Some people won't leave home without consulting their horoscope, and some CEOs won't hire anyone without getting a handwriting analysis. There's no law that says you have to be rational in your management decisions; you could consult entrails, so long as the results didn't discriminate against protected minorities. And like horoscopes, which can seem eerily accurate -- " 'Talented, driven' . . . it's as if she knew me!" -- graphoanalysis has won over many people.
Count Stephen Ransom among them. The president of $4-million Ransom Environmental Consultants in Newburyport, Mass., budgets a few thousand dollars a year for handwriting analysis -- to use not just for screening job seekers but for team building, promotions, and more.
When hiring or promoting, Ransom faxes a candidate's writing samples to his graphologist, along with a loose job description. For $75, his consultant delivers -- by phone and within an hour -- a thorough report on what the writing reveals about that person's character, along with a prediction of how well the subject will juggle the demands of the position. Ransom says that the system works because the graphologist, Judi Piani of Piani, Carter & Grater, in Wilmington, Mass., knows the company and its 46 employees.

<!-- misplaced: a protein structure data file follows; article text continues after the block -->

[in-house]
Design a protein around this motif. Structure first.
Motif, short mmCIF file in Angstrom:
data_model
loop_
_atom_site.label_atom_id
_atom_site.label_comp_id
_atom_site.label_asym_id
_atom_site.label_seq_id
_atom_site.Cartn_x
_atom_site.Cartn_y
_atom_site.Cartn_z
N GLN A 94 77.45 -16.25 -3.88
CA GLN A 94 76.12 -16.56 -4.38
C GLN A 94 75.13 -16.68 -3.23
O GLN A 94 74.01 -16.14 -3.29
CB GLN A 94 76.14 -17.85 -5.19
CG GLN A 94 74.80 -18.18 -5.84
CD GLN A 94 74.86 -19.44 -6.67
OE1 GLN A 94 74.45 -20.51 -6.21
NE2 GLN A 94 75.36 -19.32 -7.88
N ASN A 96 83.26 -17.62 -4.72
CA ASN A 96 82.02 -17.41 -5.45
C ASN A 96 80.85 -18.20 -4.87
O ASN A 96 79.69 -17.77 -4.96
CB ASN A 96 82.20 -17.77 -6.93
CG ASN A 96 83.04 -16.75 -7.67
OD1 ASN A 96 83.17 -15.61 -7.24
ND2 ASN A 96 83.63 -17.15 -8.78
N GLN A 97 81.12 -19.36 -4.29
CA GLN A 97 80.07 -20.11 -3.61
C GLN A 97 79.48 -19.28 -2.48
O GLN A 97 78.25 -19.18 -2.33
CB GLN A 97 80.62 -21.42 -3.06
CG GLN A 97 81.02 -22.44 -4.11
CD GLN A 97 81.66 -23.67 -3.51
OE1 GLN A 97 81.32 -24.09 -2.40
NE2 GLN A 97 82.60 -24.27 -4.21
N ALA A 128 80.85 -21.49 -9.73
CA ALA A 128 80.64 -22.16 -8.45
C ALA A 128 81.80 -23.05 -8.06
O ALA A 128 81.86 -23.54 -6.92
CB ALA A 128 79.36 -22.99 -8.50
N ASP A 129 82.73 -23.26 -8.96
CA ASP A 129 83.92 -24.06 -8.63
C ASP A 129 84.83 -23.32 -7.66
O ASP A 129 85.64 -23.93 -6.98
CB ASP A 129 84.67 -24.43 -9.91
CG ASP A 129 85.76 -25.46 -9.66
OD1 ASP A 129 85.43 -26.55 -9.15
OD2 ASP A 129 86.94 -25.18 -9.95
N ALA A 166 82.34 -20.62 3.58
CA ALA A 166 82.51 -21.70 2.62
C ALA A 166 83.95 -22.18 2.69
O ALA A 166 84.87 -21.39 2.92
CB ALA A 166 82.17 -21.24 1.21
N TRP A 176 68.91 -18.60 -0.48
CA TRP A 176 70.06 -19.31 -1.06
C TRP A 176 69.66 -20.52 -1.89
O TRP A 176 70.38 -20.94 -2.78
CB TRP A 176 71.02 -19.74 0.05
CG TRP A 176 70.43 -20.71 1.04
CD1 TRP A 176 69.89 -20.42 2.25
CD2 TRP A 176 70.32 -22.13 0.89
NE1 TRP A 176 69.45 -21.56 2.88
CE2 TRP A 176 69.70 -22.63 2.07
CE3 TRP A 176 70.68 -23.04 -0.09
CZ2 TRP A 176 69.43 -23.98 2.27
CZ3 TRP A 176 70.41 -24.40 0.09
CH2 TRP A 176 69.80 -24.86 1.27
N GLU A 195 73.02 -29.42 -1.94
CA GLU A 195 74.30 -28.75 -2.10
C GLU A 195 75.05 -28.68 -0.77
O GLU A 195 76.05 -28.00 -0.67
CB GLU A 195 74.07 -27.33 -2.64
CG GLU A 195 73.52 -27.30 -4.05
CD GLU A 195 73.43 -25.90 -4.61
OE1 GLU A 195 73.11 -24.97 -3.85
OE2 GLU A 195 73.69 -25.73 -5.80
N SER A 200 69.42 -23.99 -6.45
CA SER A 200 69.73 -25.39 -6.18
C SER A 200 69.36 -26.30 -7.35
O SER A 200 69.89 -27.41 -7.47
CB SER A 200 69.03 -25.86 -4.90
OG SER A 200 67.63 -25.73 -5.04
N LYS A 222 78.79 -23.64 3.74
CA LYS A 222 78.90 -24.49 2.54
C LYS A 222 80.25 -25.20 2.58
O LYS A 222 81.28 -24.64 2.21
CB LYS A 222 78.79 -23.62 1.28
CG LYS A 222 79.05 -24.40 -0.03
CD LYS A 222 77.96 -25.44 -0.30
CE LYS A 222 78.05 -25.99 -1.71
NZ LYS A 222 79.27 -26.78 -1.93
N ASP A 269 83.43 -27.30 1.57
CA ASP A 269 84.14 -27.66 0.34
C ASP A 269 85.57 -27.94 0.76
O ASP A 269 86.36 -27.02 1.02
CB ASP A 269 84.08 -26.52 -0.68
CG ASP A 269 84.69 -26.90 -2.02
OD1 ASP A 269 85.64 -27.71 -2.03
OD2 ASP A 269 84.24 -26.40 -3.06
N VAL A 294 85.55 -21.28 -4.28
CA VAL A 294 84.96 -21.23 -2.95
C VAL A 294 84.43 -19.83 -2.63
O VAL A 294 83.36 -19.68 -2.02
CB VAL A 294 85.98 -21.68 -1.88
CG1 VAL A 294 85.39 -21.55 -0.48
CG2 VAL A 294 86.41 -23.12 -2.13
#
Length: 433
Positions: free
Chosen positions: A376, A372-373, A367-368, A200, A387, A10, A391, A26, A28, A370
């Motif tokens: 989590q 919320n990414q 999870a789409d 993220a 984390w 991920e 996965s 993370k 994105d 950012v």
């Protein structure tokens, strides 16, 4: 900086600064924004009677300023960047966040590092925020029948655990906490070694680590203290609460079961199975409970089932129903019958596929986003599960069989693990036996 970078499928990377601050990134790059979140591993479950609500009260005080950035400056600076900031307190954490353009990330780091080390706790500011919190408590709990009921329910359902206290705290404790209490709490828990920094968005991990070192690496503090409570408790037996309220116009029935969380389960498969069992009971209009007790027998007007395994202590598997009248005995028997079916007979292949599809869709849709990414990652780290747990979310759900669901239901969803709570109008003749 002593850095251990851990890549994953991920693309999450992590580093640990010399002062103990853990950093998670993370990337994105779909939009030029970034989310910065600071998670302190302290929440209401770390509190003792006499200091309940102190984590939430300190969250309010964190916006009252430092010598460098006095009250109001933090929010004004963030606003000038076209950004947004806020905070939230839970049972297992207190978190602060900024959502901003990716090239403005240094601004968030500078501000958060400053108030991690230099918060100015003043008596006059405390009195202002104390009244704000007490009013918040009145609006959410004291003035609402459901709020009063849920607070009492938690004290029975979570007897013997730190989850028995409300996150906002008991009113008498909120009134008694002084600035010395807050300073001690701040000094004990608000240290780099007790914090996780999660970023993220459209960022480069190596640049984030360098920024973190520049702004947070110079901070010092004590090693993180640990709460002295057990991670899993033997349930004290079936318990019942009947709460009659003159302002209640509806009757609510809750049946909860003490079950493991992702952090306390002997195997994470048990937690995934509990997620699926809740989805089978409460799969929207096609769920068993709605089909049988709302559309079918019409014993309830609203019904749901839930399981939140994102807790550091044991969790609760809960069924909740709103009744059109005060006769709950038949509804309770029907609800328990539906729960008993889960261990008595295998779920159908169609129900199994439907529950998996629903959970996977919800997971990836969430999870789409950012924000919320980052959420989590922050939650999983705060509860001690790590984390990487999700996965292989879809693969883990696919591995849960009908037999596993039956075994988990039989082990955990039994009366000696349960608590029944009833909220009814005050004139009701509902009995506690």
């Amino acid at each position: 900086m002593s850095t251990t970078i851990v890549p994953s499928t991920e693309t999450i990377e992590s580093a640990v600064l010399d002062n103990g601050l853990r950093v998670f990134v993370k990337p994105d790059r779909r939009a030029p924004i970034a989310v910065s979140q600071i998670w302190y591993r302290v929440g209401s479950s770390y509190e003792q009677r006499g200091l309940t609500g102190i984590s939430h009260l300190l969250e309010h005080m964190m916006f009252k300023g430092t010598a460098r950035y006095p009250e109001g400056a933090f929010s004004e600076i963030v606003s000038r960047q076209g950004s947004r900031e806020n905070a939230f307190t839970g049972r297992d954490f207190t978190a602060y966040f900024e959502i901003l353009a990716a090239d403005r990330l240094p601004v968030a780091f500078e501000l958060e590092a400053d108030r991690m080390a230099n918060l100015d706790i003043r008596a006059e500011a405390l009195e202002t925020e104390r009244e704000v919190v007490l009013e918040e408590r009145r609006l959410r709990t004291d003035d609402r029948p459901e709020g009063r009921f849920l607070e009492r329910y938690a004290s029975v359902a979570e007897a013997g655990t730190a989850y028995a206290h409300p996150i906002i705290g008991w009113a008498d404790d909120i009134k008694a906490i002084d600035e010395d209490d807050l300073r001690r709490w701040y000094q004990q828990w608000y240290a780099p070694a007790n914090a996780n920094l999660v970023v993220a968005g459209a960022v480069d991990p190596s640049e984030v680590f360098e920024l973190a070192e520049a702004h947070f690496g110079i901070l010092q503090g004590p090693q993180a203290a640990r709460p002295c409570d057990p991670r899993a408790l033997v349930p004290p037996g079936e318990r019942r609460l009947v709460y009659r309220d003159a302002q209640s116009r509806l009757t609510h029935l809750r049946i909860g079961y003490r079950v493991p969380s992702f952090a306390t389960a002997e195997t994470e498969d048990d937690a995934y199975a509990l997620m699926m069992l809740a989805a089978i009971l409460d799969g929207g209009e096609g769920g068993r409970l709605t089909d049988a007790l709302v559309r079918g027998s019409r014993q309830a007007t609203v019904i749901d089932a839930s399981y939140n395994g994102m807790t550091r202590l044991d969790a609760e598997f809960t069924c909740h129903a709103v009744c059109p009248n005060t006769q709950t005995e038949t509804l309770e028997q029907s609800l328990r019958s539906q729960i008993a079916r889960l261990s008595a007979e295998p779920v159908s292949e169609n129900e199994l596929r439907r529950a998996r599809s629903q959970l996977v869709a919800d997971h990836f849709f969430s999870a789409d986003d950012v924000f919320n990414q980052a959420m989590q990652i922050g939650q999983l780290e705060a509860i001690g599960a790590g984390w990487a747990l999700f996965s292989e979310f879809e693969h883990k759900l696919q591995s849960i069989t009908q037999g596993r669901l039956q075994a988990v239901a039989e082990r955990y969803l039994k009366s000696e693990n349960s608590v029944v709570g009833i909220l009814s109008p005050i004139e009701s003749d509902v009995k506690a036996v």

That familiarity also helps Piani settle office disputes. When employees lock horns, she reviews their writing samples and meets with those involved to help figure out how the dynamics of the team, the hierarchy, or the positions themselves can be tailored to everyone's liking.
In 1992, when Ransom moved to a team-based management structure, a graphologist analyzed employees' scribblings. For the most part, her analyses confirmed Ransom's impressions and that helped him put together teams that work smoothly.
Perhaps graphology is bunk, and maybe Ransom's graphologist is just a talented amateur psychologist with a shtick. But it works for Ransom. -- Reported by Karen E. Carney* * *
Resource: Testing: The Limits
Handwriting analysis and other slightly less dubious tests appeal to harried CEOs looking for a quick solution -- and a reassuring method -- for their most vexing problem, hiring. Although research on the efficacy of psychological tests is sketchy, about 15% of CEOs subject job candidates to personality tests.
Much of the research into tests has been done by test publishers themselves, so it's good to see an independent critique, Workplace Testing (AMACOM, New York City, 1994, $49.95), by Diane Arthur. Though the 247-page book is a bit much for busy managers, they will benefit from a quick read of the chapters on psychological, personality, and integrity tests.* * *